I wouldn't think there's any connection between the breast calcification and fibroids. Hysterectomy is a very destructive surgery and you don't need one for fibroids since fibroids are benign. Fibroids shrink after menopause and of course bleeding does too. Hysterectomy trades this temporary problem for a whole new set of permanent problems.
You can eat foods high in iron or take iron supplements to increase your iron levels. Taking iron with vitamin C will enhance absorption. If the bleeding is too bothersome, try using a menstrual cup which holds quite a bit more than a tampon or pad. I've heard they can be a little tricky to insert initially but once you get the hang of it, they're great for heavy bleeding. There is also a non-hormonal medication for heavy bleeding called tranexamic acid (brand name Lysteda).
I had a mammogram that showed calcification and had to have two follow-up mammograms. Before the last one, I asked if I should stop taking my calcium supplements a certain number of days prior to the mammogram. They said "yes" and, lo and behold, the calcification was gone.
If you want more info about the harms of hysterectomy, I would be happy to tell you more.
The uterus is needed for much more than reproduction. It supports the bladder and bowel. Those organs are displaced and no longer have the uterus separating them after hysterectomy. So permanent bladder and bowel problems are common.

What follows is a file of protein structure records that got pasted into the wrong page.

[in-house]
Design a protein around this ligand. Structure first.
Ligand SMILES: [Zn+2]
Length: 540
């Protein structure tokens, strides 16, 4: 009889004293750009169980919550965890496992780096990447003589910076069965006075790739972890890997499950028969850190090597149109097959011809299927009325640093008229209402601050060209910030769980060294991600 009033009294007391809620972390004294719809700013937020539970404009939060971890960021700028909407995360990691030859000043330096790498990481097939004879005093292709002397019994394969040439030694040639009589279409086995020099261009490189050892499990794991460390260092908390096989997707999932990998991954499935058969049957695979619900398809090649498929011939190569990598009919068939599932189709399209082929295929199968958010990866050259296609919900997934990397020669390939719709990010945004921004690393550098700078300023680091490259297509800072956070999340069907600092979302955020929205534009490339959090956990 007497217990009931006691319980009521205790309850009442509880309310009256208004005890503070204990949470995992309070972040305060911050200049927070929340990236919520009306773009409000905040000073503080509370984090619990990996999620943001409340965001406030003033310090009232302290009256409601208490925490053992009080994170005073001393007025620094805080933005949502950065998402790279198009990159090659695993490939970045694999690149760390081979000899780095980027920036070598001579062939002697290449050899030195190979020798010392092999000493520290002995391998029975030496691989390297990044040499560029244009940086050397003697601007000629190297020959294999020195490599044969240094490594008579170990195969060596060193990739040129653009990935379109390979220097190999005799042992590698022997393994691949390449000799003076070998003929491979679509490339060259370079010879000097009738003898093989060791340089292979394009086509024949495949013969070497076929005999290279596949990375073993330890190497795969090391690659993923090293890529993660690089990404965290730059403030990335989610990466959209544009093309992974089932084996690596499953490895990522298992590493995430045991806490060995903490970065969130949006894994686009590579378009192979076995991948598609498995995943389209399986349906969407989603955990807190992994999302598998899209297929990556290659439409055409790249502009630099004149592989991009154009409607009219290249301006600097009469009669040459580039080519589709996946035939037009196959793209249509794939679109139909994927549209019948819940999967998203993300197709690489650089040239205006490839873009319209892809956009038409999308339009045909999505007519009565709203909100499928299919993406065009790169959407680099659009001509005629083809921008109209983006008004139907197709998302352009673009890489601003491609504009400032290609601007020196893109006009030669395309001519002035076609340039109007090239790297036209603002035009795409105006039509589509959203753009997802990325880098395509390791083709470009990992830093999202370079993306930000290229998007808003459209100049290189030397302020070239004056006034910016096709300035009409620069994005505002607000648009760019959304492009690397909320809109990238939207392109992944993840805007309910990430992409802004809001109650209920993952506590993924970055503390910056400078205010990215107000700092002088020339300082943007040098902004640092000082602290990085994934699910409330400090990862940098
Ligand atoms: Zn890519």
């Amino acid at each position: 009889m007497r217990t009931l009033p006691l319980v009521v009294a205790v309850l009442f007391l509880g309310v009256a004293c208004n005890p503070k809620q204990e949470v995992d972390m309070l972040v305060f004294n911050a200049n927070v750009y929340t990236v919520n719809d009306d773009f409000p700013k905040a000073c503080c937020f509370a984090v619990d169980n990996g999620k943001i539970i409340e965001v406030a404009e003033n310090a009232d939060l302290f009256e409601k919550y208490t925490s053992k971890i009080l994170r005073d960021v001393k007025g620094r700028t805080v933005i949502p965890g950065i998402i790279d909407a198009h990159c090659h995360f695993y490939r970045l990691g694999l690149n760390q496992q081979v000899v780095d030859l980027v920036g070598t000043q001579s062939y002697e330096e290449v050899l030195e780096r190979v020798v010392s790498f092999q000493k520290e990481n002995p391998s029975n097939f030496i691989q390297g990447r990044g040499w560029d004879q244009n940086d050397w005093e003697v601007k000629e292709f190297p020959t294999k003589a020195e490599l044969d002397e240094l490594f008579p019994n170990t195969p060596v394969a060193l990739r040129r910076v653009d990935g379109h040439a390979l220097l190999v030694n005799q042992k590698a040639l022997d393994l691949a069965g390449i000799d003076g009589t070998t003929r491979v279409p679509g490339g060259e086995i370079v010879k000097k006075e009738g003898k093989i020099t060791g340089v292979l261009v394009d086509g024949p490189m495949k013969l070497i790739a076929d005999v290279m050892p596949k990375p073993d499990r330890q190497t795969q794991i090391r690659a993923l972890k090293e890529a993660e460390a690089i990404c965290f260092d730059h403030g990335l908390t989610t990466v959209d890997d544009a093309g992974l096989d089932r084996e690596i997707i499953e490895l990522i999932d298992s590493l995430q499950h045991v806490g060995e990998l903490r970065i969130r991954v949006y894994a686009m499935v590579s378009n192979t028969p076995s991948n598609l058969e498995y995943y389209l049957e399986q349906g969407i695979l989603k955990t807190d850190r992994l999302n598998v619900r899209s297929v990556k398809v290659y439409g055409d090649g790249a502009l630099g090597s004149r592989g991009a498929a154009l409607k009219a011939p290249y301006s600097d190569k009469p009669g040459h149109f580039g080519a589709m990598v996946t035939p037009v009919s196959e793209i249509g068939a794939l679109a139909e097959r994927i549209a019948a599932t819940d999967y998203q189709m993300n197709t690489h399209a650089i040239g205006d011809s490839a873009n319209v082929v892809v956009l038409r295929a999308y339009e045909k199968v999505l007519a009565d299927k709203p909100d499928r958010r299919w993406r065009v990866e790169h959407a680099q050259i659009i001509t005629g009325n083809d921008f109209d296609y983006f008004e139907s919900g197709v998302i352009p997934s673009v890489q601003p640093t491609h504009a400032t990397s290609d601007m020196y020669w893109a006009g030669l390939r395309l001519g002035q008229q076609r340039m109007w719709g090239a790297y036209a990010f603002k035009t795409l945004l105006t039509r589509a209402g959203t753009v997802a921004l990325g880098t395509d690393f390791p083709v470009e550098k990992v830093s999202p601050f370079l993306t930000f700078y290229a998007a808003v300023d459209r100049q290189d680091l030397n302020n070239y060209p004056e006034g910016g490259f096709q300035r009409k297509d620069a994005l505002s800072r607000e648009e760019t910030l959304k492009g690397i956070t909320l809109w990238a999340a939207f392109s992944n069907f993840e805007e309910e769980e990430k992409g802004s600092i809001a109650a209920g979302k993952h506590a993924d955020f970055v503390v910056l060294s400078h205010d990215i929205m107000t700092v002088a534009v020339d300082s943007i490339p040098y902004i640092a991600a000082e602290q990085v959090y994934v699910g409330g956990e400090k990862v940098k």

Sexual dysfunction after hysterectomy is also common even if the ovaries are not removed. The uterus (which includes the cervix) plays a key role in sexual desire and orgasm.
The uterus is suspended by four sets of ligaments which also serve as the pelvis' support structures. When those are severed to remove the uterus, it destroys pelvic integrity. That's why hysterectomized women have shortened and thickened midsections which is the result of the spine compressing and the hips widening. This predisposes them to back and hip problems.
In addition to the above risks, removal of the uterus (with preservation of the ovaries) has been shown to increase risk of heart disease, renal cell (kidney) cancer and thyroid cancer. Those are the ones that come to mind at this time.
The ovaries are part of the endocrine system and produce hormones a woman's whole life. The loss of the ovaries or their impaired function or complete failure after hysterectomy (which has been shown to be a common occurrence) has been shown to increase risk for a number of chronic conditions and diseases including heart disease, dementia, cognitive and memory impairment, depression, osteoporosis, arthritis, asthma, chronic obstructive pulmonary disease, sleep disorders.
I hope this helps.